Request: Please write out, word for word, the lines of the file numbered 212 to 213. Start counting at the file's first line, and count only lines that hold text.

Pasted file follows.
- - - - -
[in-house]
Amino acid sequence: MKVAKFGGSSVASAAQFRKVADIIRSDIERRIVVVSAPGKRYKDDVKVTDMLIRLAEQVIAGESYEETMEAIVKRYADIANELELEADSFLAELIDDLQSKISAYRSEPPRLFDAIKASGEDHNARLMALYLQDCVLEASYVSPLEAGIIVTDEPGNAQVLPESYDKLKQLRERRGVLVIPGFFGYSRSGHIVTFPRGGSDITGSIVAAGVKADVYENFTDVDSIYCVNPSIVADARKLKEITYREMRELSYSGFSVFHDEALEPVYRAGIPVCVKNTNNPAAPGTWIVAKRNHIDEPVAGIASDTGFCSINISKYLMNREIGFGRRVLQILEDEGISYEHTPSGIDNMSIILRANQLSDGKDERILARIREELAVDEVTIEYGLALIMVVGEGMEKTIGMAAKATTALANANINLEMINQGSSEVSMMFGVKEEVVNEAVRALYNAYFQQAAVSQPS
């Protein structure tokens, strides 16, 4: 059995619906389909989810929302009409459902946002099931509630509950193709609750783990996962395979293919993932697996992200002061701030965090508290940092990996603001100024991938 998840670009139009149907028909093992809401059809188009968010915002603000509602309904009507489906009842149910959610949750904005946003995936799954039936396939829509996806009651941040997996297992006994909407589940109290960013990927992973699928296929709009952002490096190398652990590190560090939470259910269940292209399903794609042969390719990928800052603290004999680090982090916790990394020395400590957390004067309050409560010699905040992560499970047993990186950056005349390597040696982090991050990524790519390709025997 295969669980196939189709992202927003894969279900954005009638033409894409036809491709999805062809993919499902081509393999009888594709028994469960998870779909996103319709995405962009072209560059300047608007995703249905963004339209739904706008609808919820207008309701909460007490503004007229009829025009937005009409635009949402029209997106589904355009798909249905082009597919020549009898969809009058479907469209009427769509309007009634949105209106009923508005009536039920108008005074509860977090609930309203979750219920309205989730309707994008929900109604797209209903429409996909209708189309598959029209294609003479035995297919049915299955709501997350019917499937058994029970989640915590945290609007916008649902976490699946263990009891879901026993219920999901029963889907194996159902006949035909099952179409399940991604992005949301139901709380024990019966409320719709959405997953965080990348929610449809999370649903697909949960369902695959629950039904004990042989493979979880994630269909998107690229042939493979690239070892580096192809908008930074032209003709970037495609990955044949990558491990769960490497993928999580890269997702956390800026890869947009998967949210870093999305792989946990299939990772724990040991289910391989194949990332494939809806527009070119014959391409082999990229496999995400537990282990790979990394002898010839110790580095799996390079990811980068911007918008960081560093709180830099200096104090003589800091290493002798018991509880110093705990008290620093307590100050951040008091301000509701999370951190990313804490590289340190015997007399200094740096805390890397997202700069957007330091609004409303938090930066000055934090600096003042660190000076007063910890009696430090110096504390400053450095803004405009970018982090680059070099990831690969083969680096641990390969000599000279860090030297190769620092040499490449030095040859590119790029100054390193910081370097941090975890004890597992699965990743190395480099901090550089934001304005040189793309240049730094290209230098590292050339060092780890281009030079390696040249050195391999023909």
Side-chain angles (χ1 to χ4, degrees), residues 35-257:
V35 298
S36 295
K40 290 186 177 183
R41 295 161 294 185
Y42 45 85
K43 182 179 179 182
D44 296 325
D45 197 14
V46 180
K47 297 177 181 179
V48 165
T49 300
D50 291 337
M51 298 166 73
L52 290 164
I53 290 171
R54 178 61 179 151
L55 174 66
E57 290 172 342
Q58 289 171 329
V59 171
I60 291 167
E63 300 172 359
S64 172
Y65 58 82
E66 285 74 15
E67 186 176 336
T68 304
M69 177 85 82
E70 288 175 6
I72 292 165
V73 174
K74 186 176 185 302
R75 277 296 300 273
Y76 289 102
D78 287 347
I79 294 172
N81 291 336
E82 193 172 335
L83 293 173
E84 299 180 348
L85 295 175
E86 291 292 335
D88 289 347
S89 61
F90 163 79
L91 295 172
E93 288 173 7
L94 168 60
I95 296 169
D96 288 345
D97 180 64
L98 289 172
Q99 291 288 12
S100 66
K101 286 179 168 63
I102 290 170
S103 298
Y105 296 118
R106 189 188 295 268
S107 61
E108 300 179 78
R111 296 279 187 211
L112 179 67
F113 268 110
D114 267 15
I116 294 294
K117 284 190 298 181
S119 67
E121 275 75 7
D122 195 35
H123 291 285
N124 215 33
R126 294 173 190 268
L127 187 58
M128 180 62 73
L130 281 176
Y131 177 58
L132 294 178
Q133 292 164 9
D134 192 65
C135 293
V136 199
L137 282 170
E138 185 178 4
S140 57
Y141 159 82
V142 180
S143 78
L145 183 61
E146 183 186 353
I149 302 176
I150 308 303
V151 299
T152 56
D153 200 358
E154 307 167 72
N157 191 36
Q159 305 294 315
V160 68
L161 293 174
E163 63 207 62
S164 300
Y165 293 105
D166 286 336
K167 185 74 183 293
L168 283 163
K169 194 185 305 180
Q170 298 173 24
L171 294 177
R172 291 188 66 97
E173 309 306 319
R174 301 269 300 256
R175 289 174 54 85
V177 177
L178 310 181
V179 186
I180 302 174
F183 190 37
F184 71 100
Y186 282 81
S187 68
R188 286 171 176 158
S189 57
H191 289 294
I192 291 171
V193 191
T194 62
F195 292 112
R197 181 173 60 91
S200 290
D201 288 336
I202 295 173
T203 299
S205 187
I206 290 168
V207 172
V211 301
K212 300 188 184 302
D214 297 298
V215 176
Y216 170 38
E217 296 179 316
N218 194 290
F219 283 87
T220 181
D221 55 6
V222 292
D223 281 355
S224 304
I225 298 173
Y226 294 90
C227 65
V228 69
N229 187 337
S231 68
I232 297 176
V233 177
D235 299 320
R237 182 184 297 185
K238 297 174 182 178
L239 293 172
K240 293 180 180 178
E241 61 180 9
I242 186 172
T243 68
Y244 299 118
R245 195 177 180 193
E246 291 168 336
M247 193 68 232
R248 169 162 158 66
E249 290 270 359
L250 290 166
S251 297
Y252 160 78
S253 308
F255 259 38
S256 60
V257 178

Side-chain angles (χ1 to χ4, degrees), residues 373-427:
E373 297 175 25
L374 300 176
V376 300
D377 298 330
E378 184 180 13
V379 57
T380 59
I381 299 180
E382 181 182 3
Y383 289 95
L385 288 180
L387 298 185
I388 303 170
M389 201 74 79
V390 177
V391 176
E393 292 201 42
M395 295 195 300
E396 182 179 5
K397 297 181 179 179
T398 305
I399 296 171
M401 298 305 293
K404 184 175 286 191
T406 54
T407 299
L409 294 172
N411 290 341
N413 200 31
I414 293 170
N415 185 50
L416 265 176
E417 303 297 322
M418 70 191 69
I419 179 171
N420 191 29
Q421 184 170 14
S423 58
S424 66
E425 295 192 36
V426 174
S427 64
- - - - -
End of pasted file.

N411 290 341
N413 200 31